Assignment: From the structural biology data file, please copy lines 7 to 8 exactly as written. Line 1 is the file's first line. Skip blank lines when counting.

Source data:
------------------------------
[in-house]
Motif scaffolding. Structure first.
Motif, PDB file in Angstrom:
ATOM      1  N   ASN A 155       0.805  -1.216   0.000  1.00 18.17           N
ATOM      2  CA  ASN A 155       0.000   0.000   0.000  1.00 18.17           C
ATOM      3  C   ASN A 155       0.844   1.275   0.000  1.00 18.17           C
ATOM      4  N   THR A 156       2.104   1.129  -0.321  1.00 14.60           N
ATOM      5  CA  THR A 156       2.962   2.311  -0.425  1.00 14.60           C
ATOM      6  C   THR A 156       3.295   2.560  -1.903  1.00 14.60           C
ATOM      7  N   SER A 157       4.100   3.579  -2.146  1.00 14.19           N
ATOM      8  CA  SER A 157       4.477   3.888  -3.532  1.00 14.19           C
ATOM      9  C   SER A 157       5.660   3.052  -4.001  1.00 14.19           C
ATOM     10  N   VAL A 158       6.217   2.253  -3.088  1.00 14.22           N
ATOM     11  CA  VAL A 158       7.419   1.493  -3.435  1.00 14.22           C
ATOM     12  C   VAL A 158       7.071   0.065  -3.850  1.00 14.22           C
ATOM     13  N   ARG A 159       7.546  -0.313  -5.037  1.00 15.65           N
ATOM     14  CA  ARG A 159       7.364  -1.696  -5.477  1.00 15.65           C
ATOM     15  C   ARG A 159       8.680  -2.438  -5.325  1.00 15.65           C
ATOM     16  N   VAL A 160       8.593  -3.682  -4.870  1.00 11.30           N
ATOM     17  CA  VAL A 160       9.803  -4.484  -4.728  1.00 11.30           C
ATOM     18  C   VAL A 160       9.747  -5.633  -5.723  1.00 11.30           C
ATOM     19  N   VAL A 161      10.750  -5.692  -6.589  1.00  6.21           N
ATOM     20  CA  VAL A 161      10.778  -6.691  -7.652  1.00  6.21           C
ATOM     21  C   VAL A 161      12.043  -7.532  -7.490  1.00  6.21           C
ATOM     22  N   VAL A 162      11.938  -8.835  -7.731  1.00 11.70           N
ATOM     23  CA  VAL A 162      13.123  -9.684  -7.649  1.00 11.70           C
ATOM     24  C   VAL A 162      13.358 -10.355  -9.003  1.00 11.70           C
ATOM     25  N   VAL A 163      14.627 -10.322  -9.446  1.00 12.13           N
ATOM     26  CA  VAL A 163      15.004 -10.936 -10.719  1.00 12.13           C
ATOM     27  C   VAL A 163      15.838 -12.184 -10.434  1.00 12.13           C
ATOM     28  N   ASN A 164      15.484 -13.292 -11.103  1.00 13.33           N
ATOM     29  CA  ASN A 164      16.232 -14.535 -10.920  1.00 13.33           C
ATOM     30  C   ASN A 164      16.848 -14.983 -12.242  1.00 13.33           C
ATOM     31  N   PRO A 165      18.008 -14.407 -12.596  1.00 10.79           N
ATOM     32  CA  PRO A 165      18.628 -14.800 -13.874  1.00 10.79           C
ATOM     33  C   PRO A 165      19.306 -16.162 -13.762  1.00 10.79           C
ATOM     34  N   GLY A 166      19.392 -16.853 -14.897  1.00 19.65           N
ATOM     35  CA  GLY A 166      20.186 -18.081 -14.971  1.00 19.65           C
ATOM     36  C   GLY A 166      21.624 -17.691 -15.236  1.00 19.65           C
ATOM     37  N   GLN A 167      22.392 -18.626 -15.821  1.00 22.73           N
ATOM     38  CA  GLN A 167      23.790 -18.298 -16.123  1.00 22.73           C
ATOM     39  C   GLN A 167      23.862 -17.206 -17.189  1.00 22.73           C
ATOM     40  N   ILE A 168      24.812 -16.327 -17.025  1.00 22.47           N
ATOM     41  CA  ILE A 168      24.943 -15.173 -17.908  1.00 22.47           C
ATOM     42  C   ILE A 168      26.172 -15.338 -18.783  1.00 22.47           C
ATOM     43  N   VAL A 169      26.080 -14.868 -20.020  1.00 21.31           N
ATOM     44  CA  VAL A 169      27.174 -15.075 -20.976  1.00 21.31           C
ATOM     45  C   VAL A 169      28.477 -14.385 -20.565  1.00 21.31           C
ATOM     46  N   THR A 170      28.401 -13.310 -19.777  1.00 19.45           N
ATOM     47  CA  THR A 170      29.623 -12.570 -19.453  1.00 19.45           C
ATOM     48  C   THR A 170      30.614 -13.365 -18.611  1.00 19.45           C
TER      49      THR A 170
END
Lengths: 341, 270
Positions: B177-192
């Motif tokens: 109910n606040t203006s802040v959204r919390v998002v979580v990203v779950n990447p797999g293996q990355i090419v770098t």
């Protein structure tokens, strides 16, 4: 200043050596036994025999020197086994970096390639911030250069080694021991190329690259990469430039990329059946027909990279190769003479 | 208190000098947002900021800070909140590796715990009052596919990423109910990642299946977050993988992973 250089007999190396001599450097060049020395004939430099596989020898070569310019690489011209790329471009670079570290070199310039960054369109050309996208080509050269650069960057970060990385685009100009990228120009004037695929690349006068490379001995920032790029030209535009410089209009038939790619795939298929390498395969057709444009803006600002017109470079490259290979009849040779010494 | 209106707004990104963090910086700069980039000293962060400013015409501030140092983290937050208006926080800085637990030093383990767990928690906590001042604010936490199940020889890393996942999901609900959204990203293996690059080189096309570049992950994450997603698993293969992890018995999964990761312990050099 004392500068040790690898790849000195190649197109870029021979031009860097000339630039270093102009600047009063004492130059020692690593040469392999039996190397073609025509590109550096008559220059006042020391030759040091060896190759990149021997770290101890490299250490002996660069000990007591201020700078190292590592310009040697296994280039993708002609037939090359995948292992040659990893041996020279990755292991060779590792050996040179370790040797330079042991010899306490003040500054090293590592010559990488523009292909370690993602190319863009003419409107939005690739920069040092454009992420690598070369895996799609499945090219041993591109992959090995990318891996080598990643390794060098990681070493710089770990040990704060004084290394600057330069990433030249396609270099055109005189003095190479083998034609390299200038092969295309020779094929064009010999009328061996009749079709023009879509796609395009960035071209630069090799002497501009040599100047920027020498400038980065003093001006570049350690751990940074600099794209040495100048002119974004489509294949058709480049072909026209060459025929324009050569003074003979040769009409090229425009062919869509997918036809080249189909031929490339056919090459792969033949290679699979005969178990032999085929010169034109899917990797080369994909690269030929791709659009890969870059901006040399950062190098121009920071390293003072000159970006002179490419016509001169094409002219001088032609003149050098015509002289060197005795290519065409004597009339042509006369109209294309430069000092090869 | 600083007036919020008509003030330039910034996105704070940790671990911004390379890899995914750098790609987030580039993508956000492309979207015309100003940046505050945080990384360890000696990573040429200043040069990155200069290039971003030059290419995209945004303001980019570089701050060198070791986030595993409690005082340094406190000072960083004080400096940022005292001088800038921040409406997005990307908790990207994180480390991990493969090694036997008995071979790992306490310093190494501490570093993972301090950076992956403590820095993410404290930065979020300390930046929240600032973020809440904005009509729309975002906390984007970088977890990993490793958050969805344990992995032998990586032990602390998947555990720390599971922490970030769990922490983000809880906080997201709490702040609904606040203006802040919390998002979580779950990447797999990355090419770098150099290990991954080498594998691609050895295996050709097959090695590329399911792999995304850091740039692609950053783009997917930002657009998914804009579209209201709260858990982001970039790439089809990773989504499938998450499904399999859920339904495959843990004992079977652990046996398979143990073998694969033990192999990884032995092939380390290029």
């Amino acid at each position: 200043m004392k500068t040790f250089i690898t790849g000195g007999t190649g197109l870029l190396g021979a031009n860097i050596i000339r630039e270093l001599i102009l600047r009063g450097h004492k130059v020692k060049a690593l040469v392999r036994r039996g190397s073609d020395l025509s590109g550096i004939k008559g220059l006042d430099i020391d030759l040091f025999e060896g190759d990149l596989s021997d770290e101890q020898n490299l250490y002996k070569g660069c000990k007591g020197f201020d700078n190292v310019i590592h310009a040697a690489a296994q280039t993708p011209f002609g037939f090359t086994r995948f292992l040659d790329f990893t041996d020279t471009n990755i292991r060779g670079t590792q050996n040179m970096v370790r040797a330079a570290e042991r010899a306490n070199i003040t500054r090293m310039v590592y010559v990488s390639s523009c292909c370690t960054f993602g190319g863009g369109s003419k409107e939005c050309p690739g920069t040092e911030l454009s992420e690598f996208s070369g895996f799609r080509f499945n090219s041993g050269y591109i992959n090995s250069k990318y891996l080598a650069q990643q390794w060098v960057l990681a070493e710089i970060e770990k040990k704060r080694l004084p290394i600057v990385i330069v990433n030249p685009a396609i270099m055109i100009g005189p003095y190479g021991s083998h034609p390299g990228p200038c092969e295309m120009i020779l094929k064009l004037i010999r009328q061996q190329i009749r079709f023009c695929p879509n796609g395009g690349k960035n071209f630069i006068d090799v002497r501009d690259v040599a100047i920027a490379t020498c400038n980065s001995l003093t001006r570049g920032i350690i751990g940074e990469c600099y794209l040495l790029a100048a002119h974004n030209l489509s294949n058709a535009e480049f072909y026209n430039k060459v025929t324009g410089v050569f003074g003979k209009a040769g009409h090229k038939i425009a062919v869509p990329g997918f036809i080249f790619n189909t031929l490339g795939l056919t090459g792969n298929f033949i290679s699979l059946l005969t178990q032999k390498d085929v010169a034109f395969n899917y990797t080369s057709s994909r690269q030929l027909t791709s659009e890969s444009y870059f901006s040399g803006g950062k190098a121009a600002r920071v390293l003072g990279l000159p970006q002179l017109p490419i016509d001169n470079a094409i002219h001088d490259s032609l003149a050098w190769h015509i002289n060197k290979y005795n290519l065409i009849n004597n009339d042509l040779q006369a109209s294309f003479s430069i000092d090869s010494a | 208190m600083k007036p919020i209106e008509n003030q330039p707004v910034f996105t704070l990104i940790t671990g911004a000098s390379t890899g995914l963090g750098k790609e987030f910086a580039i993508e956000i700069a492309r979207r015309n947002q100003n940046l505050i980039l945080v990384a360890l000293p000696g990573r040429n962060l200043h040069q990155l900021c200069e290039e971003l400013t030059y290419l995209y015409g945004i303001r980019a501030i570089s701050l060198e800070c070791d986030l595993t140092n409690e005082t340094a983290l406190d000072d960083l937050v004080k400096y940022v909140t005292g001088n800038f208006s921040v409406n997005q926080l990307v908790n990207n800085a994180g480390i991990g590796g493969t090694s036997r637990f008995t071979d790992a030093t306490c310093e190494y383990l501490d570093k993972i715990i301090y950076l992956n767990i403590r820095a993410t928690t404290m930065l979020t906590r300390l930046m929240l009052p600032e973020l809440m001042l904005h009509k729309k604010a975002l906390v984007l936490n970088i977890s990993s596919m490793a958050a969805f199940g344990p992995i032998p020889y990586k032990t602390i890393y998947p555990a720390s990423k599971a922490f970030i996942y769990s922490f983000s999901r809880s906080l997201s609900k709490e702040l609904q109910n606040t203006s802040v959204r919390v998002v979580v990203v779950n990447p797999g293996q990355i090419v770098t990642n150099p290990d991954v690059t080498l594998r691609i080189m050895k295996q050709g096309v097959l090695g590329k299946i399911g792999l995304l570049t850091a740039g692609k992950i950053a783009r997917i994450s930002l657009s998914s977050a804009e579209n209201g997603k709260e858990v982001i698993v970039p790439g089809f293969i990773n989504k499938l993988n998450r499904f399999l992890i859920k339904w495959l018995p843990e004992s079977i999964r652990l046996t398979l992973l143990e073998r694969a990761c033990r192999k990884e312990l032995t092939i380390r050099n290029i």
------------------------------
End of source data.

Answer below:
ATOM      4  N   THR A 156       2.104   1.129  -0.321  1.00 14.60           N
ATOM      5  CA  THR A 156       2.962   2.311  -0.425  1.00 14.60           C